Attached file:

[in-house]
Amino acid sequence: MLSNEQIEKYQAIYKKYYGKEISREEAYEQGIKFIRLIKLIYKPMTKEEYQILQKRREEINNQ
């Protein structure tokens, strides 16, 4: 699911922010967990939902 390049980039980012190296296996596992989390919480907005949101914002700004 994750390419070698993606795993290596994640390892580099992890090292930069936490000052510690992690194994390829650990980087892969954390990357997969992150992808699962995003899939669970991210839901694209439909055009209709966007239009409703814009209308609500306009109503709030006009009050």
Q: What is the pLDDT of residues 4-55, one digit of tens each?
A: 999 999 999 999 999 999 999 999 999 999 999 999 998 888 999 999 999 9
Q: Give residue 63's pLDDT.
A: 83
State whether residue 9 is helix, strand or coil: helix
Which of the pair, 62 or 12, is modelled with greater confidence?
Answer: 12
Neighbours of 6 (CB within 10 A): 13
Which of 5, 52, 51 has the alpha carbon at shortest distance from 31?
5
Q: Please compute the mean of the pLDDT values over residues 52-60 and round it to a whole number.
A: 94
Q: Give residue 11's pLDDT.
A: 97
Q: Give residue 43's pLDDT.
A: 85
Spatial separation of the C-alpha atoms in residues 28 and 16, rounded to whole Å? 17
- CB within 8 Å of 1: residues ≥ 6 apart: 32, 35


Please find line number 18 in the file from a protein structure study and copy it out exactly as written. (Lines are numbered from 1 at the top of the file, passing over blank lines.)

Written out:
Q: Give residue 43's pLDDT.